There’s symmetry between the two narratives: a trio in constant motion through one landscape after another; another trio in stasis, confined, isolated and abstract. How did you arrive at this structure?
I thought about the structure for more than six months before starting writing. With previous work it sometimes happened that I painted myself into a corner, and I wanted to avoid that this time by making sure that the characters fit the story, the point of view fits the story and the characters, and that there is tension throughout the novel. The ‘stasis’ trio works I think because their chapters are written in dialogue form, and the narrative movement takes place at that level. The thoughts and dialogue of the ‘motion’ trio are much more contemplative and backwards-looking, but this I hope works thanks to the forward thrust of the road trip.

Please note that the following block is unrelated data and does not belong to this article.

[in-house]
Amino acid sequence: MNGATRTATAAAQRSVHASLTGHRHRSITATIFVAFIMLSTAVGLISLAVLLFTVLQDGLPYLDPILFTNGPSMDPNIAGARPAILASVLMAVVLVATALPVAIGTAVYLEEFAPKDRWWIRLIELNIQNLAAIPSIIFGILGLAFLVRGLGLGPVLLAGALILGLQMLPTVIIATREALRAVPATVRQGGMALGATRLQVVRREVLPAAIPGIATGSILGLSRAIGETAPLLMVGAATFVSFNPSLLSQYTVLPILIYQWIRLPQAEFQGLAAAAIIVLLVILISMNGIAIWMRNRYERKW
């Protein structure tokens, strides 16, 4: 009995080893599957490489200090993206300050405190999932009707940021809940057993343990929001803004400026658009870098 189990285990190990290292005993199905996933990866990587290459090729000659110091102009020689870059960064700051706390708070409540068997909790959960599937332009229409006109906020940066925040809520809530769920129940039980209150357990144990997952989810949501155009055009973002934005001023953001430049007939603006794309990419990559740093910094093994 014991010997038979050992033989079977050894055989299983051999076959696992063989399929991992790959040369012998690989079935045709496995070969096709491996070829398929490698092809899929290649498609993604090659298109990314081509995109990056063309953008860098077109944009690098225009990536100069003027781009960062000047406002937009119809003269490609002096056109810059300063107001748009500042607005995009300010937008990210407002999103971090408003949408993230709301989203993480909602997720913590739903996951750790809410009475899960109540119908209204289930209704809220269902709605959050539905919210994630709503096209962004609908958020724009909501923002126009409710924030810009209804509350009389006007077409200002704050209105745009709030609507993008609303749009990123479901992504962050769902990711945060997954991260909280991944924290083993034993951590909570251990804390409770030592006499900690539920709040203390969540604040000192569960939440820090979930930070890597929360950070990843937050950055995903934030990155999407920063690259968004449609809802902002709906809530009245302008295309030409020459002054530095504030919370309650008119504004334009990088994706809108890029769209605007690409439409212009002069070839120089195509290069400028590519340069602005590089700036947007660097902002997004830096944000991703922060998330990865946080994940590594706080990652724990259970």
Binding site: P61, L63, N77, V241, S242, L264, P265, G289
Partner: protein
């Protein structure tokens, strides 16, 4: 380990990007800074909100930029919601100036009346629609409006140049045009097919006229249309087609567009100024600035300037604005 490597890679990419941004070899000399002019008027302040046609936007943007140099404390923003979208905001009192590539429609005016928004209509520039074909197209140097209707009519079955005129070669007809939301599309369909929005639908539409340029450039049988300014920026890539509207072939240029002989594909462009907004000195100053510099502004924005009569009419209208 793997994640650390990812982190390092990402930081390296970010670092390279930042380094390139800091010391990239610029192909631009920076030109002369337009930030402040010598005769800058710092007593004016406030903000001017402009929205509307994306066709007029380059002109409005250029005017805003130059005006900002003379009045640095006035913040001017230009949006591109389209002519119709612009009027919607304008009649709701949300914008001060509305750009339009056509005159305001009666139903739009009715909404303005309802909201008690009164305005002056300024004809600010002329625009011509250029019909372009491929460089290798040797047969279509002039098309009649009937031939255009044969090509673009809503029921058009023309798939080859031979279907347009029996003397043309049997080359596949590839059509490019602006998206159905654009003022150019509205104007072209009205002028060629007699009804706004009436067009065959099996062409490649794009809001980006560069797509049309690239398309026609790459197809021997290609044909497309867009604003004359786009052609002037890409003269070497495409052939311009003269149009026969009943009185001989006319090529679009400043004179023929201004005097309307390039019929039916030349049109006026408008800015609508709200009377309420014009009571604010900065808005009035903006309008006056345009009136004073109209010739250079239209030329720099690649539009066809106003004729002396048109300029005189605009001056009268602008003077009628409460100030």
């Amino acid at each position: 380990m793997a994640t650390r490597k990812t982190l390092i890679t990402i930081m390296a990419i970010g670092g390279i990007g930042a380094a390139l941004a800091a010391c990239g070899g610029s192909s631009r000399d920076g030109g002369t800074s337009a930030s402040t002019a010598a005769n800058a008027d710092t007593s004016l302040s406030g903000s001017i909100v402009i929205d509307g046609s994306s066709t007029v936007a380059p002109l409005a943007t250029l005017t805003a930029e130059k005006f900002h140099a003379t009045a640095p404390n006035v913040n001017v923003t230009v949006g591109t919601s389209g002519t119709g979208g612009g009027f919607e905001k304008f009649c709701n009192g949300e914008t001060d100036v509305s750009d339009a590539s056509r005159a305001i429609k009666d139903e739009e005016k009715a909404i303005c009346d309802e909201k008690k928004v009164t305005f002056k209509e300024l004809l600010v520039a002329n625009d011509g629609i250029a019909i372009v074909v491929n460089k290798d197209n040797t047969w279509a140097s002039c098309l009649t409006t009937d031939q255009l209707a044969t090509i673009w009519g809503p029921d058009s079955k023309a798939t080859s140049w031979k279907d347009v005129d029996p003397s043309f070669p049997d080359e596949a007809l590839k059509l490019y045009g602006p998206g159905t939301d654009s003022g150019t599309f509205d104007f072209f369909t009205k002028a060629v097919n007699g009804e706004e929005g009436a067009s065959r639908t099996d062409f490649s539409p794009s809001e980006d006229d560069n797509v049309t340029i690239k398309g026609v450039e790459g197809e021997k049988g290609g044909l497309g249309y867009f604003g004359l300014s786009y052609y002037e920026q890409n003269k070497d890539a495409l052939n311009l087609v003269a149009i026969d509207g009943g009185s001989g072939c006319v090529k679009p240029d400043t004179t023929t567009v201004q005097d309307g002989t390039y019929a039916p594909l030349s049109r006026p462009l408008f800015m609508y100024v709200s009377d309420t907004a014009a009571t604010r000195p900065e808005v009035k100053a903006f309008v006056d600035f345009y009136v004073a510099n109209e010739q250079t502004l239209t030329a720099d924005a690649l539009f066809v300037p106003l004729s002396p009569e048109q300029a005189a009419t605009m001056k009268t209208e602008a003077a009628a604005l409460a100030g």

Late in the book, the artist-protagonist struggles to explain the power of art to his companions.
In the sullen silence that follows, a forgotten memory suddenly comes to his mind: a woman he briefly dated – tall, rich, soft-spoken and casually cruel – and her reaction after visiting an exhibition of his. ‘It’s like you have two sets of eyes,’ she said. ‘One set for the artist in you, with which you see to the core of things, and one for plain human interaction, which is very nearly blind.’
Please unpack this powerful idea for us.